Bell Mobility tower application on hold by Huntsville planning council
Bell Mobility’s proposal for the installation of a 35-metre tall monopine telecommunications tower at 27 Hoodstown Road was put on hold by Huntsville Planning Committee, at the January 25, 2022, meeting.
Although Committee members had no objections to the proposed site, Huntsville resident, Peggy Peterson, raised concerns about the public not having an adequate opportunity to voice their concerns about the application.
Peterson said that “misinformation went to the public,” and that they didn’t have the chance to effectively participate in the meetings with Bell. She added, “Bell Mobility didn’t provide lawful meetings as required by the public’s By-law,” and that the sound didn’t work in the second meeting and that she couldn’t get into the platform.
Other concerns expressed by Peterson included Bell not being able to guarantee service in the area surrounding the proposed tower upon being asked, and potential health risks of a 5G tower. She indicated, “anything with tissue is affected by electromagnetic radiation.”
“You need to know your decisions reflect back on the Environment Protection Act and to do no harm… Adverse affects falls back on this Council – adverse affect to any person,” added Peterson.
Peterson also expressed that there weren’t any peer review studies that supported the safety of 5G towers, referenced a legal battle in the U.S. won by Robert Kennedy regarding the risks of exposure to children and adults, and said Canadian doctors are trying to put a halt to them.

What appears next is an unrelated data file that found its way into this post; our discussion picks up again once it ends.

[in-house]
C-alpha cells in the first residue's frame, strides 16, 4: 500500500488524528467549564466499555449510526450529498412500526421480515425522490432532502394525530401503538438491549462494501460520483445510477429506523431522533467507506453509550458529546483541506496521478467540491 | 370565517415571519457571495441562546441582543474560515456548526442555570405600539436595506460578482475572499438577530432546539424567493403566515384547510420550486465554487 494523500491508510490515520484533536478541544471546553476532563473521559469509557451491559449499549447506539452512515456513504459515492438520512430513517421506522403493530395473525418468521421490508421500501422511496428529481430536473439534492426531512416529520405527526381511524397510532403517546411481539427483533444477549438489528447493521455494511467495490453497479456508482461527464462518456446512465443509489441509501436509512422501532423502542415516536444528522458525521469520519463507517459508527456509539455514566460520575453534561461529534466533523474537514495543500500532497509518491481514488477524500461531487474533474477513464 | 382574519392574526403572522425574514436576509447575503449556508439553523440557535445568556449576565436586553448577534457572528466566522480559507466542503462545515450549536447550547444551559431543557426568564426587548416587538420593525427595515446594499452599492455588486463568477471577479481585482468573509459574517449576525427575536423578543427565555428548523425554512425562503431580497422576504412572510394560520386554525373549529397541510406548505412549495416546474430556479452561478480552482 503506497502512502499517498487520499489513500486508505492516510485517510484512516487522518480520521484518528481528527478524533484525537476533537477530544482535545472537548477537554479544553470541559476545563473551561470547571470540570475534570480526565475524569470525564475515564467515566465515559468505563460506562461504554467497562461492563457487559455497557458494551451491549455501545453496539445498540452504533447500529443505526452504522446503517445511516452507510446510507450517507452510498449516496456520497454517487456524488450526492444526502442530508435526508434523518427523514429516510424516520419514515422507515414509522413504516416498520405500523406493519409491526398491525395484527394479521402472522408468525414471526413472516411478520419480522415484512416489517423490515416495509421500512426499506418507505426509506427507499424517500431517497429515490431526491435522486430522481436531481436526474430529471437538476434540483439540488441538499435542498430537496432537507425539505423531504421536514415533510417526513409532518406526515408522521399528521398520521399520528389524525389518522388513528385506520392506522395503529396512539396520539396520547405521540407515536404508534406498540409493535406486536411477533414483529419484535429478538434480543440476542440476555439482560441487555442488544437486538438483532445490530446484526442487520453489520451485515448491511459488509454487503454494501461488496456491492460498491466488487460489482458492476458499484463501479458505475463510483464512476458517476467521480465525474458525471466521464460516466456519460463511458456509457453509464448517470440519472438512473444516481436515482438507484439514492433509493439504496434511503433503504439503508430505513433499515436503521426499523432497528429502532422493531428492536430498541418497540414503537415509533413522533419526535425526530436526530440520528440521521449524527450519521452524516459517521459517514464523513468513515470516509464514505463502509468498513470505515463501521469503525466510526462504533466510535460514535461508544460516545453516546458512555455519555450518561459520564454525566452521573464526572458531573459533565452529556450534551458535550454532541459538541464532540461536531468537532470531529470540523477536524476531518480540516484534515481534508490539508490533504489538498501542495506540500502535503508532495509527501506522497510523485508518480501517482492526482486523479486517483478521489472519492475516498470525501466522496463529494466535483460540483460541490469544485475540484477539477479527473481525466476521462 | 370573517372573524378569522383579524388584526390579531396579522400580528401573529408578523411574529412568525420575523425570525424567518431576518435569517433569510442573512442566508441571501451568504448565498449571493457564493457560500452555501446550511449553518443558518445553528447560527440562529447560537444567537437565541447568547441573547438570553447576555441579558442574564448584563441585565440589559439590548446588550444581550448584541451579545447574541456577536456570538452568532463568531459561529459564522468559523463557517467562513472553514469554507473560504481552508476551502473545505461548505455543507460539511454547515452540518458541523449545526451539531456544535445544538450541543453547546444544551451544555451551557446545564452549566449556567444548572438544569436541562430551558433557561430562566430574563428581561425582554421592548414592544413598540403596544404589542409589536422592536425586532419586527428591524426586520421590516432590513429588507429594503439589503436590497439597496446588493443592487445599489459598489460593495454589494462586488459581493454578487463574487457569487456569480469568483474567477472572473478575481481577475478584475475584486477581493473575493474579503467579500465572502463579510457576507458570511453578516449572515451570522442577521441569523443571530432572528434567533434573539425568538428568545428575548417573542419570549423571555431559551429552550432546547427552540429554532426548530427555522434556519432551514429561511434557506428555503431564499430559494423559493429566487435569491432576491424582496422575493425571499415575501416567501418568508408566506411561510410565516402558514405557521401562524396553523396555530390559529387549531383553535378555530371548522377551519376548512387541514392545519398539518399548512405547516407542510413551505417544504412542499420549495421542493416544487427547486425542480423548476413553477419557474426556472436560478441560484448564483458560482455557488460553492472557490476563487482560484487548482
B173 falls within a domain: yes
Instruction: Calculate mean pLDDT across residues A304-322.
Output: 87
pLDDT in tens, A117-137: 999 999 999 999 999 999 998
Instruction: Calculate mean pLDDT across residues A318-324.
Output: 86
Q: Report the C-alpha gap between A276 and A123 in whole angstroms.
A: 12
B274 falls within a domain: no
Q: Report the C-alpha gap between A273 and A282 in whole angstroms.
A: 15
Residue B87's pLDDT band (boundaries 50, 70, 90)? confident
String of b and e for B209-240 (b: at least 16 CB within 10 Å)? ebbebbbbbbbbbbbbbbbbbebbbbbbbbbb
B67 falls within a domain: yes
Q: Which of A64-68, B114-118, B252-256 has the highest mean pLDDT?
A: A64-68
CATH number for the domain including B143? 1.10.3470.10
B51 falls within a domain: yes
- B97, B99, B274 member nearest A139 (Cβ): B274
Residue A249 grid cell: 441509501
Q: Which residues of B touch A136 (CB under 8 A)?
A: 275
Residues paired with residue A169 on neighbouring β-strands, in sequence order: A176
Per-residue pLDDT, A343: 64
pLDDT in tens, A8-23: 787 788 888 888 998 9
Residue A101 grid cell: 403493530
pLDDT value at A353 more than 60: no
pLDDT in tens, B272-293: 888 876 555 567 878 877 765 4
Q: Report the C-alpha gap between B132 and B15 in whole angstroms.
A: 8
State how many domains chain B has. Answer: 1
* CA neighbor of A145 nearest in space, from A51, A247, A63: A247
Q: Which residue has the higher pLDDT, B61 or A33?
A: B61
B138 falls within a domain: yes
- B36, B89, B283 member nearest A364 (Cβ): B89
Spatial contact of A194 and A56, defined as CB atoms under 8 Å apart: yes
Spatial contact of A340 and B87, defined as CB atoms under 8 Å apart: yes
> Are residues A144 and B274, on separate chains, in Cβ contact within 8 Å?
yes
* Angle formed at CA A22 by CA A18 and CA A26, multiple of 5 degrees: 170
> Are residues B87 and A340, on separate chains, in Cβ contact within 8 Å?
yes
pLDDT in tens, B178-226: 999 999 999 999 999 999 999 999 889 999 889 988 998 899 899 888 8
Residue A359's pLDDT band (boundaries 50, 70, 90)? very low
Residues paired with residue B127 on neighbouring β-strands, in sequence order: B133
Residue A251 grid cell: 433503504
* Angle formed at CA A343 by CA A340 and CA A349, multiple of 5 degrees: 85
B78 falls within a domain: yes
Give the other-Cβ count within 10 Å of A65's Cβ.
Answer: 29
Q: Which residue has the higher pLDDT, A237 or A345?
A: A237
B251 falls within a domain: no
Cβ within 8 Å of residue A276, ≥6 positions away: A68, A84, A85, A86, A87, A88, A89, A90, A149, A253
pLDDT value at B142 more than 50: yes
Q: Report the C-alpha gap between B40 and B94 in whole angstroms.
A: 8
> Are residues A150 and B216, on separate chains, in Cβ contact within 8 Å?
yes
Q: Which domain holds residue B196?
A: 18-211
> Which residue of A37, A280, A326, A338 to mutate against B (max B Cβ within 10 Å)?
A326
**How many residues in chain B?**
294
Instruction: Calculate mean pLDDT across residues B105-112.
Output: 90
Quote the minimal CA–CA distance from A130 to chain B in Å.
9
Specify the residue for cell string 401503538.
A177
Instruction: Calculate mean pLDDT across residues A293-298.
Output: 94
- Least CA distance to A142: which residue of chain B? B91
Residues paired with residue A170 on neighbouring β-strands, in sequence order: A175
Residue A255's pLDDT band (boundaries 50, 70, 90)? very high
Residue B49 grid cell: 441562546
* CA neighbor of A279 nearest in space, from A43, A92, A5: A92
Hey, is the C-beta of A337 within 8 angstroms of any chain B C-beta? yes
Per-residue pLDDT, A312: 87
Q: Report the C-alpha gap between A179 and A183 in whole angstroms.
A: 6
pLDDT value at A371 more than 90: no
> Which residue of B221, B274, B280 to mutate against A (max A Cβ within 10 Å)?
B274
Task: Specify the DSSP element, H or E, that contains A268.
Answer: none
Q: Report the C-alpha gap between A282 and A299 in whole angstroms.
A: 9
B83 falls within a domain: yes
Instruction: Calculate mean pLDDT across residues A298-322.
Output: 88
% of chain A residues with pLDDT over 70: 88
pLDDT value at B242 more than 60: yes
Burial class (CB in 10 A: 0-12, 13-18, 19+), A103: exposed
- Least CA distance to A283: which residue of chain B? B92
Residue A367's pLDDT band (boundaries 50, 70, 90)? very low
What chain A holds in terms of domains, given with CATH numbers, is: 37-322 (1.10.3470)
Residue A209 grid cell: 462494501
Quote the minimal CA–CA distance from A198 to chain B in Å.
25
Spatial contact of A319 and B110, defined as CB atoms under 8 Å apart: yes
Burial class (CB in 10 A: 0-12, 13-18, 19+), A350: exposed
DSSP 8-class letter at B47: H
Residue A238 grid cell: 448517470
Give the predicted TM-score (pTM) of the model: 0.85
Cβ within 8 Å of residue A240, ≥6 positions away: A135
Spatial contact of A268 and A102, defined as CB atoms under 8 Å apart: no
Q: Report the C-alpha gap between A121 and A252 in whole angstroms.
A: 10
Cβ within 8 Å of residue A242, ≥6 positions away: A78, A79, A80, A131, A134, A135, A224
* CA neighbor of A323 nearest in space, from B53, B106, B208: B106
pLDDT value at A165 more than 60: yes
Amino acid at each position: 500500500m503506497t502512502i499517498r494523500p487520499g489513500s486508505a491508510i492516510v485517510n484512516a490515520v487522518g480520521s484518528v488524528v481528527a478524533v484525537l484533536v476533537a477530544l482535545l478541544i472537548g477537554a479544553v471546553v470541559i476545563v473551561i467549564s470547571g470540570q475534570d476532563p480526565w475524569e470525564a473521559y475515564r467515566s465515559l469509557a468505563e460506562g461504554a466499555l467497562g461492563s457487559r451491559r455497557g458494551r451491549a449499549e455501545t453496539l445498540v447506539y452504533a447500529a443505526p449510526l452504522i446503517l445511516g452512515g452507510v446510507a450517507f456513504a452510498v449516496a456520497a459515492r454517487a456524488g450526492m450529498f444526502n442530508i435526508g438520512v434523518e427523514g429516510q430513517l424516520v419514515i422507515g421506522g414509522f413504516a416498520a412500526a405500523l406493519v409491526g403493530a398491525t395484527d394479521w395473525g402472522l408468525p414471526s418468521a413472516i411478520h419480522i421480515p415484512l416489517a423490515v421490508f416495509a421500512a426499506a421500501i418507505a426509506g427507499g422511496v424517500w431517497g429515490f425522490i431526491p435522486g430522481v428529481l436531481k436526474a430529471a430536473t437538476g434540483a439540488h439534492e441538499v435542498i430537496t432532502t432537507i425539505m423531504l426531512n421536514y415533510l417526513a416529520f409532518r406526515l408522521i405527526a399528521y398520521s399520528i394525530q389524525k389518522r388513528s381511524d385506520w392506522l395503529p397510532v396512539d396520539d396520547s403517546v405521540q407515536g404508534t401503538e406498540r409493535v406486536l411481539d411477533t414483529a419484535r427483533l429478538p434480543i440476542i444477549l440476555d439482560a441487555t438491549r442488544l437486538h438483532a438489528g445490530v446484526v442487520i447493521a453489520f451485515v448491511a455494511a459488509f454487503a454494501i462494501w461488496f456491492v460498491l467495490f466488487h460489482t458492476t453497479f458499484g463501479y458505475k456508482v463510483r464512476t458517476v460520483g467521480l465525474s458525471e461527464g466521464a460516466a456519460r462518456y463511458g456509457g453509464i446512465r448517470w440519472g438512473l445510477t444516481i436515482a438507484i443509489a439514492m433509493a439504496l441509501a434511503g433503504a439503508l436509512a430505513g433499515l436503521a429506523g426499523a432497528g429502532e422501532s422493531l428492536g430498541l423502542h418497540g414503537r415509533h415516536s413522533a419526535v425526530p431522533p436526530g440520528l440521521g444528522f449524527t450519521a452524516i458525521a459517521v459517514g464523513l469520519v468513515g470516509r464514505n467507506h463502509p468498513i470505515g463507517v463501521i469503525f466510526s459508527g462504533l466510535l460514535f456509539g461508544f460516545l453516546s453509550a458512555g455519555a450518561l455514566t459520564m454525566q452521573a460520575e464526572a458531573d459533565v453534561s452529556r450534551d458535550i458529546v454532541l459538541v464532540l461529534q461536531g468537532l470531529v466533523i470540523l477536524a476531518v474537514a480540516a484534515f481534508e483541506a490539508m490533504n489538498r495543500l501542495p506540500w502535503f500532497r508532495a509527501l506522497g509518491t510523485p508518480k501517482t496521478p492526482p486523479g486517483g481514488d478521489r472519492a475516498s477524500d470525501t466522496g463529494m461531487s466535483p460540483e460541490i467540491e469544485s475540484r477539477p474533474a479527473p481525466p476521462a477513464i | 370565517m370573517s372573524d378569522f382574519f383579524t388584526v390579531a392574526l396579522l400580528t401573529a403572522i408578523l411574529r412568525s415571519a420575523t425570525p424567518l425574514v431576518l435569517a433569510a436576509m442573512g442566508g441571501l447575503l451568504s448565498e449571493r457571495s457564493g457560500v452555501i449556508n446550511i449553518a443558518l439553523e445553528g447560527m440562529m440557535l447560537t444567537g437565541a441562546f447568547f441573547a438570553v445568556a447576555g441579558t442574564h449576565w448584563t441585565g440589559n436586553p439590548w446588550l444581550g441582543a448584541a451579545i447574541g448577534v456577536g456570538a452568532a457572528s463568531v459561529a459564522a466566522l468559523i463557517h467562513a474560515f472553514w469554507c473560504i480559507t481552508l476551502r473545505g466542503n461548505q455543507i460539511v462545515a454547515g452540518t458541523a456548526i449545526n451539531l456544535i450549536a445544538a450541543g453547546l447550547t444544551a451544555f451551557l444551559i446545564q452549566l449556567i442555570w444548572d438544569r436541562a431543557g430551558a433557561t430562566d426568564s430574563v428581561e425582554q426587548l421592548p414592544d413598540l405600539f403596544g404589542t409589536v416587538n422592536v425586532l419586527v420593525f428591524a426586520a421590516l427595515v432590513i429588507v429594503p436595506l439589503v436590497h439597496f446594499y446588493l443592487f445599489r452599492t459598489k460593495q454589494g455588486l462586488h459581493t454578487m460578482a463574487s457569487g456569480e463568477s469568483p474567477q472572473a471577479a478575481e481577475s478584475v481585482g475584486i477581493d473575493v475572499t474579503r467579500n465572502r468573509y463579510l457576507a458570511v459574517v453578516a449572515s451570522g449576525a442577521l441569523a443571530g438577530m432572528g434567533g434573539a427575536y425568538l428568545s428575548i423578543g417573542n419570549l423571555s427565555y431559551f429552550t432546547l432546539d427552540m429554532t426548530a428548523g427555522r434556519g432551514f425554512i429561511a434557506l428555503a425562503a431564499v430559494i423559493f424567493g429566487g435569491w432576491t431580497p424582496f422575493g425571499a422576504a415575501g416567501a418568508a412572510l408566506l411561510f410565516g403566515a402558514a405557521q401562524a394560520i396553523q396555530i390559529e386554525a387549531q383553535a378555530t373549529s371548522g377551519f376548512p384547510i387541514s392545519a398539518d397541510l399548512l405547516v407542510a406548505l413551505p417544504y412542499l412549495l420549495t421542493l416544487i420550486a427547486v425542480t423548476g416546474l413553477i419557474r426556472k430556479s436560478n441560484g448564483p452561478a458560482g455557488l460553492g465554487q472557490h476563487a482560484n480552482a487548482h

“I really want to plant seeds of doubt that this is a healthy solution,” said Peterson, indicating a willingness to provide Council with copies of studies she had about the damage caused by electromagnetic frequency, if they were interested.
When Bell representative, Evan Turunen, of Canacre Limited, was given an opportunity for a presentation, he said, “The presentation by staff covered everything pretty well.”
Councillor Dan Armour, asked Turunen to speak to the issues raised about the 5G tower.
Turunen replied that these types of issues are regulated by Health Canada. “This whole process is regulated by Industry Canada,” he said, adding, “EMF is everywhere.”
Regarding the concerns about the public meeting, Turunen said it was coordinated with the planning department.
Mayor Nancy Alcock, inquired about why Bell felt the proposed location was the best one out of analyzing six.
Turunen indicated, “There was a limited area where we could site the tower and provide maximum coverage.” He added that the site was also ideal for visual purposes because it is the “furthest away from residents while providing coverage.”
Councillor Scott Morrison, asked if there were any existing 5G towers in the area?
Turunen didn’t know about the quantity of 5G towers in the area, and added, “Bell will be deploying the new technology on their sites where they have infrastructure and upgrading it like they do on any new technology.”
Councillor Cory Clarke, inquired about whether the public meetings were just held on Zoom, indicting there would be an opportunity for in-person meetings now, and added, “majority of the letters we received were not in favour, and deserving of meetings in a more personal format.” He presented the option for not approving the proposal and allowing for an in-person meeting first “to satisfy the public.”
Morrison inquired about the possibility of discussing a 4G tower instead in another meeting, suggesting they would still accommodate the same reach.
Turunen expressed “Bell committed to upgrading infrastructure to provide improved service.”
Upon Council’s discussion about delaying approval of the application until the public had the opportunity for an in-person meeting, Turunen questioned the necessity of another meeting, and said, “I’m not sure what issues would be addressed. A lot of the public addressed issues.”
The committee postponed the proposal for the tower and made an amendment to include one more in-person public meeting.